Camera-obsessives are notoriously finicky about every single accessory that makes up their gear bag—even something as boring as a strap. Peak Design tries to take boring accessories and make them exciting, and they've succeeded at least twice already. They did so last year with the Capture Clip, which lets you holster your camera more like a gun. This year's Slide may be a $60 strap, but it's a pretty clever one.
Peak Design created Slide out of 45mm seatbelt-style webbing for looks and strength. They hooked it up with aluminum buckles that are meant to be speedily adjusted and dependably secure. It has certainly succeeded in creating a strap that is visually appealing while maintaining those tenets of photographic stealthiness—namely, it's black, and that's a good thing. The seat-belt webbing is silky and malleable, a tactile pleasure to handle. There's also a thin layer of extra padding in the middle of the strap's length, along with rubberized strips meant to hold it in place over your shoulder.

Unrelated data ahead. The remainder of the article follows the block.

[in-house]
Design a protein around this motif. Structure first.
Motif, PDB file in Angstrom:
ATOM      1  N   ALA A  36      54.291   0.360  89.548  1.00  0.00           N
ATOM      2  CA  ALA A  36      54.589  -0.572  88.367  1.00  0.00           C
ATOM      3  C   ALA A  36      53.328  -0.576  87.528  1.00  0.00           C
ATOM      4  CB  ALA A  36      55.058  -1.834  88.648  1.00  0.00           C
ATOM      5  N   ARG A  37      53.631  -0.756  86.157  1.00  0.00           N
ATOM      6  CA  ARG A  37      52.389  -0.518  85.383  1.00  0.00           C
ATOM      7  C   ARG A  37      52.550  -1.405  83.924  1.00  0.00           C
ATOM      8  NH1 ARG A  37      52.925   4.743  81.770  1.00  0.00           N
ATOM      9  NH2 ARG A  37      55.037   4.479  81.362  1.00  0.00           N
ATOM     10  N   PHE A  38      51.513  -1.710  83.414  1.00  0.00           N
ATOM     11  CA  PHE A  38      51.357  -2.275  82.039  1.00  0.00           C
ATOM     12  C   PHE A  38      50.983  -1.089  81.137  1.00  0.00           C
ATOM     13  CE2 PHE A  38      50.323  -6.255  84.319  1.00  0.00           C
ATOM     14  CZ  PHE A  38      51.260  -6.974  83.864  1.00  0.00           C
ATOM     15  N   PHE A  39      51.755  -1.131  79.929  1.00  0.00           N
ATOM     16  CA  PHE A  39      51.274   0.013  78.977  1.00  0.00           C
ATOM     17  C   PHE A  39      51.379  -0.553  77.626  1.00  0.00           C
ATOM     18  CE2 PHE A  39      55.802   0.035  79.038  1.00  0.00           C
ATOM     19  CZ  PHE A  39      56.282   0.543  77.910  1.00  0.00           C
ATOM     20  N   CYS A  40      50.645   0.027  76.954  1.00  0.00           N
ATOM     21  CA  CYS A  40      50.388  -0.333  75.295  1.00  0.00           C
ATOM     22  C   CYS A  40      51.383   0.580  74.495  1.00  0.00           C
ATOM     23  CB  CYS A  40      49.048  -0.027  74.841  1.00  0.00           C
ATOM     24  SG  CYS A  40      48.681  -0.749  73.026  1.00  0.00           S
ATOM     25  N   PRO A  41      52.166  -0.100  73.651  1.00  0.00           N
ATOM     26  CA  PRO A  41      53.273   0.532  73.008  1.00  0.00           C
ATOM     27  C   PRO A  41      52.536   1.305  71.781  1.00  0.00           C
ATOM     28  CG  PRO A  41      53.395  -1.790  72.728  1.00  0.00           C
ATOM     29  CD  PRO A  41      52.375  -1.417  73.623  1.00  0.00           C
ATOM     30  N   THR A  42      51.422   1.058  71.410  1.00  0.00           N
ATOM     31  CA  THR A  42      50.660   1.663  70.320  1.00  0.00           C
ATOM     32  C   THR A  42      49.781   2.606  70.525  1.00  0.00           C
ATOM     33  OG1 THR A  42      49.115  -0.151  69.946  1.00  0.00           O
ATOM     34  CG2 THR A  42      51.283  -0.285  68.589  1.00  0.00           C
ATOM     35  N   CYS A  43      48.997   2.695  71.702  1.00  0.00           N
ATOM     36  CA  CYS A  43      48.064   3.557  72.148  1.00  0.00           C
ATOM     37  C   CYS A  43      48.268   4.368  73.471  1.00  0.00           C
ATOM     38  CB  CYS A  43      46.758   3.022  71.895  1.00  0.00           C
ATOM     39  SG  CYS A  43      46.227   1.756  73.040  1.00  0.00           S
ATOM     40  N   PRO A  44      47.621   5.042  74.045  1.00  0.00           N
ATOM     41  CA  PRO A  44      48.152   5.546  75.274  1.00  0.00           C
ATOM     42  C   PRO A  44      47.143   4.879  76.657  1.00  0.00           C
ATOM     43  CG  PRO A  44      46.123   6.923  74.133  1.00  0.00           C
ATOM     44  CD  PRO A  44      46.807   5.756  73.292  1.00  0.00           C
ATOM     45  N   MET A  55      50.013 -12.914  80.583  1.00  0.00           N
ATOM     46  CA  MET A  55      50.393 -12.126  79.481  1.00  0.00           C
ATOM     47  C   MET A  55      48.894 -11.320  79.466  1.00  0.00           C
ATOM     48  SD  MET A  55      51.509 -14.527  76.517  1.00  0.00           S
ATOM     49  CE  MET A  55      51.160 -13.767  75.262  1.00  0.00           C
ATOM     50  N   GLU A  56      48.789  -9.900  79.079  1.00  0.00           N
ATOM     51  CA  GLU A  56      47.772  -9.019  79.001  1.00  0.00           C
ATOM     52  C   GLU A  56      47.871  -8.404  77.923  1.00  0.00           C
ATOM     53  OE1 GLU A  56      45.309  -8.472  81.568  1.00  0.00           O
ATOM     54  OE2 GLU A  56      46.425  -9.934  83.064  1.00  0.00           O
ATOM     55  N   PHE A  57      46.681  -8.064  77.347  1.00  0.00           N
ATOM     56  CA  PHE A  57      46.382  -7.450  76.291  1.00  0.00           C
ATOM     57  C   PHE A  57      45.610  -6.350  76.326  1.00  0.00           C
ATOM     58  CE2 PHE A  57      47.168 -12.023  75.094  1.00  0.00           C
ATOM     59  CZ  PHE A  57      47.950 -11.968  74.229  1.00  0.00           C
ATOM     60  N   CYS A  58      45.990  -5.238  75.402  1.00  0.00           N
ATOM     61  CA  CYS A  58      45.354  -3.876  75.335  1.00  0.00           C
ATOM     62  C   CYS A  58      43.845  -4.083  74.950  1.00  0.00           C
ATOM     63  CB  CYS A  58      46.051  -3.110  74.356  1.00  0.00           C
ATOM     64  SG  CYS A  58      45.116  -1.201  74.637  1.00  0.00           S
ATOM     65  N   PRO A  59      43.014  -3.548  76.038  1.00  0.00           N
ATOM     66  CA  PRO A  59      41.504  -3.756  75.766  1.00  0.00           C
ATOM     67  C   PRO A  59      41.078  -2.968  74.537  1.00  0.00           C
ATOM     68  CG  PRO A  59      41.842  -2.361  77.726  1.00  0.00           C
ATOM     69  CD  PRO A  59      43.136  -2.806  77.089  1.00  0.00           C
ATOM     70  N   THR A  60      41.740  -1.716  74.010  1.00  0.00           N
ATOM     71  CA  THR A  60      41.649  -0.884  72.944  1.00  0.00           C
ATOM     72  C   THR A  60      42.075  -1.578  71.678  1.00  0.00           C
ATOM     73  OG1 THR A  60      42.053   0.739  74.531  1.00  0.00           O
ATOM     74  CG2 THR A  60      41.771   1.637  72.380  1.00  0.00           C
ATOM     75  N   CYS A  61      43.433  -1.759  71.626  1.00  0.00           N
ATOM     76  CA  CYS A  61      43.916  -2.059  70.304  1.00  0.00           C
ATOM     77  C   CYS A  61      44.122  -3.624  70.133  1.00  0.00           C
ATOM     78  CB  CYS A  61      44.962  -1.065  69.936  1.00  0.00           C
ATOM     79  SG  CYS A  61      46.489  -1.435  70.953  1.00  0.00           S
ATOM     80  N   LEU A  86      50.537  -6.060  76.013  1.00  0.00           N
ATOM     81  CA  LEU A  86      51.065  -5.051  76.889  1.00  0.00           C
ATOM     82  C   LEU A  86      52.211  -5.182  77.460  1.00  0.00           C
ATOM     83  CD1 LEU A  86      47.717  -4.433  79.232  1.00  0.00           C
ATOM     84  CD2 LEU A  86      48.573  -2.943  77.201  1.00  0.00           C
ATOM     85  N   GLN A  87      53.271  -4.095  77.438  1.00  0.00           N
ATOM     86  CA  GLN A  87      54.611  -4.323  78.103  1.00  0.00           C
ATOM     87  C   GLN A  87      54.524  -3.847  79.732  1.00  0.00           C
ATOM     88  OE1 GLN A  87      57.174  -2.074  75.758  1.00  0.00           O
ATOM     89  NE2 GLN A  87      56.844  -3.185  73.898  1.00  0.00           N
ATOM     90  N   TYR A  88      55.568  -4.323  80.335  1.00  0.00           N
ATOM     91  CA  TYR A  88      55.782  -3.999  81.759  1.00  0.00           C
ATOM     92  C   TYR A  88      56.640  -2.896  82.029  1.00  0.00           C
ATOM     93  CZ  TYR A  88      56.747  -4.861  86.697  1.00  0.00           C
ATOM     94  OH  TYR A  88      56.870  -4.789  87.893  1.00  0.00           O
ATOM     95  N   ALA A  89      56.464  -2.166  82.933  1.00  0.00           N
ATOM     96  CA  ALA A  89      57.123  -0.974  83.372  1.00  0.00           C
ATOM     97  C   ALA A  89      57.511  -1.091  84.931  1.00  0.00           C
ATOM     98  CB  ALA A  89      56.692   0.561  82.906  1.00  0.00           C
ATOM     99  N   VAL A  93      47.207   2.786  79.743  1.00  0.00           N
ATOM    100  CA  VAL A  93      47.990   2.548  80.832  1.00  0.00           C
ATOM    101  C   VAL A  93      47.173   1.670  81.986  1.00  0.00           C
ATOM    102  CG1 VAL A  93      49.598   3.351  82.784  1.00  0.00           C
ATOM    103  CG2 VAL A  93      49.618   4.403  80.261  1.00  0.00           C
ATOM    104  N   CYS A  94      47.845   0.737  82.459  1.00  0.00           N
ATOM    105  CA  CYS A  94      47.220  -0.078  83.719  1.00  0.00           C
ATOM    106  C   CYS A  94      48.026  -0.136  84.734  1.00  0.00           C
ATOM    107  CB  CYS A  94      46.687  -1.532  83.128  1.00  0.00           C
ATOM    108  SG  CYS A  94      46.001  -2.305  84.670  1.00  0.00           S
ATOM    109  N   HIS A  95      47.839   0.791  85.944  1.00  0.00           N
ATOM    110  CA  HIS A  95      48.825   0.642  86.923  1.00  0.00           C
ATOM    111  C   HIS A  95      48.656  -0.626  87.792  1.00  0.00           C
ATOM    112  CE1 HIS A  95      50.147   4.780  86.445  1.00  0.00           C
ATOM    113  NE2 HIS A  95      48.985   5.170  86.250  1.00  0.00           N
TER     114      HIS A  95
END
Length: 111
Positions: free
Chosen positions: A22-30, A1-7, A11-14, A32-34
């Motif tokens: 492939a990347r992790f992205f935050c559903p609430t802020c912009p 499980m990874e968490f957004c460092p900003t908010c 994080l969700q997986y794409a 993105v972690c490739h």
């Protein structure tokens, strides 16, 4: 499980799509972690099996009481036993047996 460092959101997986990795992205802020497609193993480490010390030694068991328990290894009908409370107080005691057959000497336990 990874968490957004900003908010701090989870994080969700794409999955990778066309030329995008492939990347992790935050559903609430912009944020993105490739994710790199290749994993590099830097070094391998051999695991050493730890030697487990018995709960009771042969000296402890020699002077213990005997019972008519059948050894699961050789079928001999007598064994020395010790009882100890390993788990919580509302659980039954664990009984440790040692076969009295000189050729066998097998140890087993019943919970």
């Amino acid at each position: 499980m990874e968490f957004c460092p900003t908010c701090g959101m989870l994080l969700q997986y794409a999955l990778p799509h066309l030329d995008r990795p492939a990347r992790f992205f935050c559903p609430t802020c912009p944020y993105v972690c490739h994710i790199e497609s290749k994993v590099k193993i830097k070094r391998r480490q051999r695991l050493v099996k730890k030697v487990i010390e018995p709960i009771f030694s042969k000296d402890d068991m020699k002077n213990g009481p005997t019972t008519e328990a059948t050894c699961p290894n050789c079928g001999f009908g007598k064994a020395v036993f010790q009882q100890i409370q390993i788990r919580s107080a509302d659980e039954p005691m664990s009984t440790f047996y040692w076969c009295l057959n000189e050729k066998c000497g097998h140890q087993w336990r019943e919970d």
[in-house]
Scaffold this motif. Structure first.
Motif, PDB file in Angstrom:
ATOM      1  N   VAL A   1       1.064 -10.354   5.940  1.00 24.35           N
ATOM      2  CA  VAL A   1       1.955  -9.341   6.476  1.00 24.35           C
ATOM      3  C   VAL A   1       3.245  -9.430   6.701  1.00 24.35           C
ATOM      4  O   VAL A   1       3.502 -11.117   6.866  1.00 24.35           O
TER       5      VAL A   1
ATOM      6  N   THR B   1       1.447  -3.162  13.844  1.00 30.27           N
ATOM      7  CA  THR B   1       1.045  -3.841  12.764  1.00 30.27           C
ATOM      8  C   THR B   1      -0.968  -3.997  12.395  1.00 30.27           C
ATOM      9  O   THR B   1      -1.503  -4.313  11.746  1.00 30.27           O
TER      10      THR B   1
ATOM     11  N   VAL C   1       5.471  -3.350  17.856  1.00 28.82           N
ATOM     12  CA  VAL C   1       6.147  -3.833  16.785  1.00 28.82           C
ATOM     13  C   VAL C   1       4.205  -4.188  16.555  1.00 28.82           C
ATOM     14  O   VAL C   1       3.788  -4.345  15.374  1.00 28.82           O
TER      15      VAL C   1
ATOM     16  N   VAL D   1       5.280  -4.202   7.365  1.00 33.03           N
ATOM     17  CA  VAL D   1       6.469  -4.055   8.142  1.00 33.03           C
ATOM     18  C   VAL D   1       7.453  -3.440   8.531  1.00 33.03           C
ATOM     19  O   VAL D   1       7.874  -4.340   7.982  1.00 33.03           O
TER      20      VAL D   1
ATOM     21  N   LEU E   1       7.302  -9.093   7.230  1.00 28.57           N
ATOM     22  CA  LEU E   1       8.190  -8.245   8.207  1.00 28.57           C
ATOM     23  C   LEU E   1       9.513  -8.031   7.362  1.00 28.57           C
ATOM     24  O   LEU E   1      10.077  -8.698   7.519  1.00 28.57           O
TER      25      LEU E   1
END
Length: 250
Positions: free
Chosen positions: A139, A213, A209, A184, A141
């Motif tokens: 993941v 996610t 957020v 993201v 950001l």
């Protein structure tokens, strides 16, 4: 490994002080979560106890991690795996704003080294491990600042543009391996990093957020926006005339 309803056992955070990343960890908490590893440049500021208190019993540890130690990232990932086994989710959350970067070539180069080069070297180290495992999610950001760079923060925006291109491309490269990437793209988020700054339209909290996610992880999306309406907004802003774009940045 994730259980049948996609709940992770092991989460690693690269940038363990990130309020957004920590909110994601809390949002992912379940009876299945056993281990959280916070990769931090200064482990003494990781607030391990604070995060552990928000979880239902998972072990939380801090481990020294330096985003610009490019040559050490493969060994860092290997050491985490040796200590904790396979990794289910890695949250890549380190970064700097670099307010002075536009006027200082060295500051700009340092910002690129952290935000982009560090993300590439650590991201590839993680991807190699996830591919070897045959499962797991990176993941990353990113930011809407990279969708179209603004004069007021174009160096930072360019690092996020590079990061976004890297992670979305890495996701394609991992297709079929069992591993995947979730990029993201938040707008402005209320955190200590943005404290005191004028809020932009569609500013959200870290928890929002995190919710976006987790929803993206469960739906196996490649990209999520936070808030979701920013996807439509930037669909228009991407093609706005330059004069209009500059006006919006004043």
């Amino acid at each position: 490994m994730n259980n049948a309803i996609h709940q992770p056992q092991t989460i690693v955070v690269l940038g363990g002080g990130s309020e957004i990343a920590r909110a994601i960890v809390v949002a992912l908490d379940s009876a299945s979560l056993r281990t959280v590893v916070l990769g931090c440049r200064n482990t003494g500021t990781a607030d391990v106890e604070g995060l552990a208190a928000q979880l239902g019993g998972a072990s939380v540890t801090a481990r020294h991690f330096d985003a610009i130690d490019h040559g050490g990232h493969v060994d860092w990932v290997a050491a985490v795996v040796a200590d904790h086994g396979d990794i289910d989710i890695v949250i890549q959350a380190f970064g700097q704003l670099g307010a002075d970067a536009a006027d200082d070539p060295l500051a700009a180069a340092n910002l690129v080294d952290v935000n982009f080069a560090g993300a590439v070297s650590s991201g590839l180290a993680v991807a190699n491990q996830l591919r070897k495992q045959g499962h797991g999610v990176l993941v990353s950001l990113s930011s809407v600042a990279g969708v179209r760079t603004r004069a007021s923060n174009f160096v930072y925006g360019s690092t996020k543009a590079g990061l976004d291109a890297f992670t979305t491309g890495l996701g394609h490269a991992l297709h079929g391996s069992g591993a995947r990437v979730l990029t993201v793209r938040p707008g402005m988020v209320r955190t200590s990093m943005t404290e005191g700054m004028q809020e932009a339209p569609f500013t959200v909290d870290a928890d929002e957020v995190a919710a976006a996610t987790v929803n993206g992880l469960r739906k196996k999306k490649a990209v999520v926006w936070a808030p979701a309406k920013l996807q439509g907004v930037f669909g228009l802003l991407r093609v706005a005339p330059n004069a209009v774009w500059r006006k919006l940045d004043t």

Despite its good looks, you have to be comfortable wearing a rather wide strap. It's cushy, sure, but it also takes up a lot of room and can be unwieldy in a bag. It's no doubt for bigger cameras. For something with a smaller footprint, Peak Design has a more minimal strap called Leash which offers the same system for camera interchangeability.